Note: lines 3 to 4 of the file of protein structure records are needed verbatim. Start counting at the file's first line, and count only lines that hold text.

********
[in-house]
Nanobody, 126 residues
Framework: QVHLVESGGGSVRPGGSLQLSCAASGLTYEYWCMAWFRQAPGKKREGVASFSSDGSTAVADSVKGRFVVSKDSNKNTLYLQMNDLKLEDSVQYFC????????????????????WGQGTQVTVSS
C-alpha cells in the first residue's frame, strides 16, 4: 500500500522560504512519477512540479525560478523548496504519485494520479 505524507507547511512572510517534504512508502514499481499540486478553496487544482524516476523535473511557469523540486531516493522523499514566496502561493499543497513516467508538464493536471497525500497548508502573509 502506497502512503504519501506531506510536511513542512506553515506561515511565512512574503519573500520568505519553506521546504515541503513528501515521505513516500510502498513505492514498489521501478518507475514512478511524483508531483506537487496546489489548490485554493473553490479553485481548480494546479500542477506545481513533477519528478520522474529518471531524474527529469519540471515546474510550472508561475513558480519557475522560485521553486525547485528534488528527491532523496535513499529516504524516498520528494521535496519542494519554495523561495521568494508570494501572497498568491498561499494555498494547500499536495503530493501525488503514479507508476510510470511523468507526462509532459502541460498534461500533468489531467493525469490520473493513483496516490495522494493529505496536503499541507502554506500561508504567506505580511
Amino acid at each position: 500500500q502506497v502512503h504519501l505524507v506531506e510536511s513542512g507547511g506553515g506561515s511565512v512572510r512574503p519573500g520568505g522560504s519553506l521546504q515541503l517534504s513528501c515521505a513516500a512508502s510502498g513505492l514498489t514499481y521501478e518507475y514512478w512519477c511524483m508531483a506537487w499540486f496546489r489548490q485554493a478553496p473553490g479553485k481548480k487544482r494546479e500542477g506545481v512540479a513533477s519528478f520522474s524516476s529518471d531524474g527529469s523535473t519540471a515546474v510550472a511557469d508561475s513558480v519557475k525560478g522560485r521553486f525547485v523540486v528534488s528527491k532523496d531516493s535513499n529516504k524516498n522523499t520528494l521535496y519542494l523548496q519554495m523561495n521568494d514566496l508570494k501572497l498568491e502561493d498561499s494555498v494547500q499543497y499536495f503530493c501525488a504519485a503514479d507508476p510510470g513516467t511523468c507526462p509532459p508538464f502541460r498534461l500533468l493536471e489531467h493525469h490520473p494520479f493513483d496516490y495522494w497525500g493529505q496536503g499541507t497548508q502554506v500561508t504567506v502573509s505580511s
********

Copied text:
Framework: QVHLVESGGGSVRPGGSLQLSCAASGLTYEYWCMAWFRQAPGKKREGVASFSSDGSTAVADSVKGRFVVSKDSNKNTLYLQMNDLKLEDSVQYFC????????????????????WGQGTQVTVSS
C-alpha cells in the first residue's frame, strides 16, 4: 500500500522560504512519477512540479525560478523548496504519485494520479 505524507507547511512572510517534504512508502514499481499540486478553496487544482524516476523535473511557469523540486531516493522523499514566496502561493499543497513516467508538464493536471497525500497548508502573509 502506497502512503504519501506531506510536511513542512506553515506561515511565512512574503519573500520568505519553506521546504515541503513528501515521505513516500510502498513505492514498489521501478518507475514512478511524483508531483506537487496546489489548490485554493473553490479553485481548480494546479500542477506545481513533477519528478520522474529518471531524474527529469519540471515546474510550472508561475513558480519557475522560485521553486525547485528534488528527491532523496535513499529516504524516498520528494521535496519542494519554495523561495521568494508570494501572497498568491498561499494555498494547500499536495503530493501525488503514479507508476510510470511523468507526462509532459502541460498534461500533468489531467493525469490520473493513483496516490495522494493529505496536503499541507502554506500561508504567506505580511